Although the reduction ratio plays a large part in determining the Gearbox Output Torque, there is also an inefficiency that is introduced through the use of a gearbox. Some of the torque of the motor is converted into heat and lost due to friction between the gears. Gearbox efficiency depends on the physical characteristics of the gears, the number of gear stages, and gearing system used. You can calculate the Gearbox Output Torque with the following equation:
Keep in mind that while adding a gearbox does increase the torque, the gearbox itself is only rated to withstand a certain amount of torque before it risks becoming damaged or breaking. When selecting a motor, you should always consider the actual operating torque to be the minimum of the output torque and the gearbox strength. For example, a motor that can normally output 5 kg·cm of torque with a 10:1, 90% efficient gearbox whose gears are rated for 40 kg·cm would theoretically be able to output 45 kg·cm of torque, but in practice the 40 kg·cm limit of the gearbox should be considered the maximum torque.
With gearboxes, torque and speed can be seen as one interchangeable characteristic: If you need more torque and less speed, try to find the same motor with a gearbox with a higher reduction ratio. If you need more speed and less torque, try to find the same motor with a gearbox with a lower reduction ratio. However, it is not advisable buy gearboxes and motors separately to mix and match, unless they are specifically designed for each other. There's a lot that can go wrong in gearbox customization and for most users it's a lot less hassle to simply buy a motor with a gearbox already attached.
An encoder is a device installed on the shaft of a motor that can be used to keep track of the position of the motor or calculate the speed of the motor. Encoders are often used with a DC motor and a PID control system in order to achieve position/velocity control of a motor that would otherwise only have simple on/off control. Some motors have the shaft exposed on both sides of the motor, so an encoder can be attached on one end without getting in the way of what the motor is driving.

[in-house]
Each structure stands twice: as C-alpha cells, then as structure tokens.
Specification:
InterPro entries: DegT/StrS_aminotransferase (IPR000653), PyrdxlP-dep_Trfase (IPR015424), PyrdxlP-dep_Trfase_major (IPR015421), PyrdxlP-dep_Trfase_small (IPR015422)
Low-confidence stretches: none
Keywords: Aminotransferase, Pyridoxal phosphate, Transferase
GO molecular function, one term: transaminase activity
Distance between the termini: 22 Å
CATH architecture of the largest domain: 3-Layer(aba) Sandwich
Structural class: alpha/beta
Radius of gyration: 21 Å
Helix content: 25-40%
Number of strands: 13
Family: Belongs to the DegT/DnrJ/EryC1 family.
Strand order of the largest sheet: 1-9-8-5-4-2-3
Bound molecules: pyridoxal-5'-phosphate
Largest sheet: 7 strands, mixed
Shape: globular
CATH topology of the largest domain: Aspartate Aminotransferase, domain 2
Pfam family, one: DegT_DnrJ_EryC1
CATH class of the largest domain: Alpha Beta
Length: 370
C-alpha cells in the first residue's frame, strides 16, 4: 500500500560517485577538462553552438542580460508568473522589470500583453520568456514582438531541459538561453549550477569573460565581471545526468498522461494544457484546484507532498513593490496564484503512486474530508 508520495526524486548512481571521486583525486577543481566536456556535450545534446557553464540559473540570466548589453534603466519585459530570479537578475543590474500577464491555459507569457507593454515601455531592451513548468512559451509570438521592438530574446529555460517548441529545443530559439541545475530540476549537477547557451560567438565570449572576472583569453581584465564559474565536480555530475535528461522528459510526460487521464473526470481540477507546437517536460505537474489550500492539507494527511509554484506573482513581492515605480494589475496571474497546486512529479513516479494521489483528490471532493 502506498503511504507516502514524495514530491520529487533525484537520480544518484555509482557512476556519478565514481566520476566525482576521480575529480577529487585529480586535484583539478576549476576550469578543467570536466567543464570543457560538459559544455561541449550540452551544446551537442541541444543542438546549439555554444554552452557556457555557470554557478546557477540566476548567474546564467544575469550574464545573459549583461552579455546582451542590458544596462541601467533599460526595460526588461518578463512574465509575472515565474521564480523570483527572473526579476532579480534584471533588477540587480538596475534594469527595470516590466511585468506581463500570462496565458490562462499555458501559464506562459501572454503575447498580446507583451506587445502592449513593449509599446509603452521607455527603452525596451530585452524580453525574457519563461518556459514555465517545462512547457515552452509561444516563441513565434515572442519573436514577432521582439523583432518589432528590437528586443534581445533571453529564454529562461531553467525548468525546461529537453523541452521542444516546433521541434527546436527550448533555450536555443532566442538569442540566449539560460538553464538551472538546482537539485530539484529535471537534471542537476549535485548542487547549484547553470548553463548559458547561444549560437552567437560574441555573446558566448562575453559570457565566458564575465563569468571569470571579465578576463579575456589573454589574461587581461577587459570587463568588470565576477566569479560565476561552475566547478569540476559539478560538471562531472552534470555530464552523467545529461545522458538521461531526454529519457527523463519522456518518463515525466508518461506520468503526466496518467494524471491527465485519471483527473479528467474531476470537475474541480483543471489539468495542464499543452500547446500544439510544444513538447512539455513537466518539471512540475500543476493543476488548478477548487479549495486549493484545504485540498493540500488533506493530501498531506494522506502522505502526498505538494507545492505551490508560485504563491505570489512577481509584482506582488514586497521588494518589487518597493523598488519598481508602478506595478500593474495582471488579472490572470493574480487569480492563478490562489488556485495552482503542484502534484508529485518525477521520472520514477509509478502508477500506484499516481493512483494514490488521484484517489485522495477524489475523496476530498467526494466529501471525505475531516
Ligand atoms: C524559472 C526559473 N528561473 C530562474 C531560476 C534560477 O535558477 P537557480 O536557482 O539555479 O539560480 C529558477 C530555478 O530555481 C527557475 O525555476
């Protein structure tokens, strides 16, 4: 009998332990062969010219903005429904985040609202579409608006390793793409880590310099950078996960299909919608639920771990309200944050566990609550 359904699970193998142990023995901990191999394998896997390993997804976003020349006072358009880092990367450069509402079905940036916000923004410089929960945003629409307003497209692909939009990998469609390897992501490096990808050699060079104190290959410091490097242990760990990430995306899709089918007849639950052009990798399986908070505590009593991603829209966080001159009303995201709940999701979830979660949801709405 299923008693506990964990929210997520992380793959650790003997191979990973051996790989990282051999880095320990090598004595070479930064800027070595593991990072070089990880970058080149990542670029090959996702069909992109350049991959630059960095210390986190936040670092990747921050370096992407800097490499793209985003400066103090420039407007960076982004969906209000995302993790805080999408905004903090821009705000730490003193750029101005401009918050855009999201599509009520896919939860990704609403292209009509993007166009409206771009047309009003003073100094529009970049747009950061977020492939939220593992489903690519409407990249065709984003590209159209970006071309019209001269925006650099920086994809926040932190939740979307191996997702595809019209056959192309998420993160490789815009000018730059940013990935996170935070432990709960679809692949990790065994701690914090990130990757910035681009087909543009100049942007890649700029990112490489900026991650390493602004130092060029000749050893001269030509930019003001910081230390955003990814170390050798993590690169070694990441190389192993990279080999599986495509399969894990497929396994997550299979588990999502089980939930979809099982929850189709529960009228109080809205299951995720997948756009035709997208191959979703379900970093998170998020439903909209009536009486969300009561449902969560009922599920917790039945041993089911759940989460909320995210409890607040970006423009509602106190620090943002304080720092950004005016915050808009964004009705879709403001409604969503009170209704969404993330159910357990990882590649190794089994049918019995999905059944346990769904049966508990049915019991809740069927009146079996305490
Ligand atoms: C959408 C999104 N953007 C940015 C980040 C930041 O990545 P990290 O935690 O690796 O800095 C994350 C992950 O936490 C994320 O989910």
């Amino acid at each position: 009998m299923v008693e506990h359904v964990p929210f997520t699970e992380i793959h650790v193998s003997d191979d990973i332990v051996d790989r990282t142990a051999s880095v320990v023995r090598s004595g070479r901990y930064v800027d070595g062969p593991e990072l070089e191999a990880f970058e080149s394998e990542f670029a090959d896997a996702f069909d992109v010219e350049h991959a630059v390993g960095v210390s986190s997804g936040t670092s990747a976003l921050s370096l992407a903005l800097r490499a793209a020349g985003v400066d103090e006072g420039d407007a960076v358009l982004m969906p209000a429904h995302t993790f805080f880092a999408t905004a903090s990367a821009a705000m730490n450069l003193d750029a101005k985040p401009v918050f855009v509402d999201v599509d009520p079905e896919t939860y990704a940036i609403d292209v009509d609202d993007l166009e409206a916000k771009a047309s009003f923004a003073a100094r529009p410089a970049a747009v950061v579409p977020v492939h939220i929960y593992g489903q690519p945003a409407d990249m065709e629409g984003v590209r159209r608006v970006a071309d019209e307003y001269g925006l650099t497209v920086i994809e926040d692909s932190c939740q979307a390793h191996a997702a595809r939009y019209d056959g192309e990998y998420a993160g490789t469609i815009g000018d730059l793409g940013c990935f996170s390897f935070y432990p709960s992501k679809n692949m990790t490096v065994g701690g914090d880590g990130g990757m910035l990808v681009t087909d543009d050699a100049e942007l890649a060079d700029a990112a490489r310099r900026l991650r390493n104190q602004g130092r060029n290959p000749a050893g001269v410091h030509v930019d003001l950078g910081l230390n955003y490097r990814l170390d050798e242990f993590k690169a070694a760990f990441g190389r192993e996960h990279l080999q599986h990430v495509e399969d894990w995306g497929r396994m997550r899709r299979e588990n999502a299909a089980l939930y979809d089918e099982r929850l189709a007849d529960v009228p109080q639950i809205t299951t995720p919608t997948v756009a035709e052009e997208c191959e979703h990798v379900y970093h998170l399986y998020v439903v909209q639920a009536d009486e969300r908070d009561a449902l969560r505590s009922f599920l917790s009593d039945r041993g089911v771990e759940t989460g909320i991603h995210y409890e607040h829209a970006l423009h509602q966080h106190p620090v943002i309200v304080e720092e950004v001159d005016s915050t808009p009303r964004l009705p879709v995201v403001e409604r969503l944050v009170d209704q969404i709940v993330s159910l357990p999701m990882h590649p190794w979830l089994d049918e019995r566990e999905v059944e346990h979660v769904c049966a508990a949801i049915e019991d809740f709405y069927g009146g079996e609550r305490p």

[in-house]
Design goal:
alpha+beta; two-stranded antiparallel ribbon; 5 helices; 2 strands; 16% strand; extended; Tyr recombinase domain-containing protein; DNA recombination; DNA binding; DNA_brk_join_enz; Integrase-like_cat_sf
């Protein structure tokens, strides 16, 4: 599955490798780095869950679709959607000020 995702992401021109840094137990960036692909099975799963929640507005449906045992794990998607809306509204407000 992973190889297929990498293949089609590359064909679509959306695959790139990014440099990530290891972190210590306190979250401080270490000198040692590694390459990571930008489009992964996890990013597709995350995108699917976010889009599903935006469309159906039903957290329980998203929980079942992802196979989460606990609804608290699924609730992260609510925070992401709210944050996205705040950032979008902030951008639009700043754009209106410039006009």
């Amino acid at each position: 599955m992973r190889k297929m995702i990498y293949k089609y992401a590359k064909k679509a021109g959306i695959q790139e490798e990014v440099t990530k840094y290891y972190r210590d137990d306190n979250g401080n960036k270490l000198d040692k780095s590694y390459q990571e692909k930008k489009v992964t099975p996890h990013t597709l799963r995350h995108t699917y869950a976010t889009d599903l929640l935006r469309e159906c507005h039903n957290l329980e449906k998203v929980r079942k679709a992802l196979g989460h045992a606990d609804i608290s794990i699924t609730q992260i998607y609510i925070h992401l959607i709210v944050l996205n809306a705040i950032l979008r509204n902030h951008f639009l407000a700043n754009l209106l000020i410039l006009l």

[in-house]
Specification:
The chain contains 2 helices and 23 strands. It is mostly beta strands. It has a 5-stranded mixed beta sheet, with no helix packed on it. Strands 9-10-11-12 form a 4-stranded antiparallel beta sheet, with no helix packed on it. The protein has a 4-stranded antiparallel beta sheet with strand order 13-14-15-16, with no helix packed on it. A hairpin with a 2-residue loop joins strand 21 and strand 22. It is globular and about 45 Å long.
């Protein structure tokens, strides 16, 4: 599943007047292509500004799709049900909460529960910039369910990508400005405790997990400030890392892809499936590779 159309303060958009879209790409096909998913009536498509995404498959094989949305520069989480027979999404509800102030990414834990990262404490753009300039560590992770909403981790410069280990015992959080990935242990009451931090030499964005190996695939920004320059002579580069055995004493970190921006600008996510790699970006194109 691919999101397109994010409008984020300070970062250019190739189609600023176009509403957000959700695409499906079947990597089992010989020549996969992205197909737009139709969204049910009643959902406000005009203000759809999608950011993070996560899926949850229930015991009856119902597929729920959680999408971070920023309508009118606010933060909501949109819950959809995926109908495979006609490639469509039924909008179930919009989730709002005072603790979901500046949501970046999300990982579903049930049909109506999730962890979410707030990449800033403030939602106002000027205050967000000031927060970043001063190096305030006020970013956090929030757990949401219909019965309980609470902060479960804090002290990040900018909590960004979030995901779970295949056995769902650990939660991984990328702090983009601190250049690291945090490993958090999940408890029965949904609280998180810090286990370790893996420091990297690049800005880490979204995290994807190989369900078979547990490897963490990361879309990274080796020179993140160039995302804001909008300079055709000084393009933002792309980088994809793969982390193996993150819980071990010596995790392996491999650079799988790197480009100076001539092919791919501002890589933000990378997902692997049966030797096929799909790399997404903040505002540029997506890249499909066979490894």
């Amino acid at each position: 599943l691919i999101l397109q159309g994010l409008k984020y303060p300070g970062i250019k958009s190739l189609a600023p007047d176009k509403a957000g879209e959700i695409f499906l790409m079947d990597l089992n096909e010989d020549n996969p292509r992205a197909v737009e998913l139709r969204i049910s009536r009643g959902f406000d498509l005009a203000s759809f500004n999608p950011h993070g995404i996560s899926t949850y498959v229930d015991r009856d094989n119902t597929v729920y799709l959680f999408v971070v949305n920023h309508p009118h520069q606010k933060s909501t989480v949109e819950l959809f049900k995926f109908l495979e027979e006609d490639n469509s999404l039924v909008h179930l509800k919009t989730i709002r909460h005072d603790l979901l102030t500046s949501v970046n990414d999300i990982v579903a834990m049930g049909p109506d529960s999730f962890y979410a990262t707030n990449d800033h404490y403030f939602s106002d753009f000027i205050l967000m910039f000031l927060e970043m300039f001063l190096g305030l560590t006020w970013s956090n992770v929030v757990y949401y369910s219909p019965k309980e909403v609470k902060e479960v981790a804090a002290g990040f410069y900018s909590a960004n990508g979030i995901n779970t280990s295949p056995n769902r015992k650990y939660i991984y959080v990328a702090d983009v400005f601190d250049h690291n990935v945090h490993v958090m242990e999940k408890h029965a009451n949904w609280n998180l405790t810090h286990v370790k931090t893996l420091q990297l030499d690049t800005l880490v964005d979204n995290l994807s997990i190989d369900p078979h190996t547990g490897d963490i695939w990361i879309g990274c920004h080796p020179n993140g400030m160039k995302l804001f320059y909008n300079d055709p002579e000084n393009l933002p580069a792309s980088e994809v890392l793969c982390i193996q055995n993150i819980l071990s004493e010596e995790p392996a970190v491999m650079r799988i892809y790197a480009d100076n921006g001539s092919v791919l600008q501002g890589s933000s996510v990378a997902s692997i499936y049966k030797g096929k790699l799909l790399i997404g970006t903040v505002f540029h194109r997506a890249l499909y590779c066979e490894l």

Encoders are rarely used with stepper motors or servo motors, since they both already have some form of position tracking. However, sometimes it is necessary to make sure a stepper motor is not missing steps due to excessive vibration or sudden high-torque loads (particularly in applications that run for a long time, allowing small missteps to add up to a large error).
Estimating Required Torque
It can be difficult to estimate how much torque will be required for a certain application before the project is built, but there are plenty of guidelines and rules-of-thumb online that can give you a good idea.
In the case of a typical wheeled vehicle, we recommend you take the mass of the vehicle and multiply by the radius of the wheels, then divide by four. For example, a 20kg vehicle with wheels of radius 6cm would call for a total goal of 30 kg·cm contributed from all of the motors. This should be more than enough torque to move around on smooth terrain and gentle inclines. If you need to be able to handle rough terrain or sharp inclines, you may want to only divide by a factor of 3 or even 2.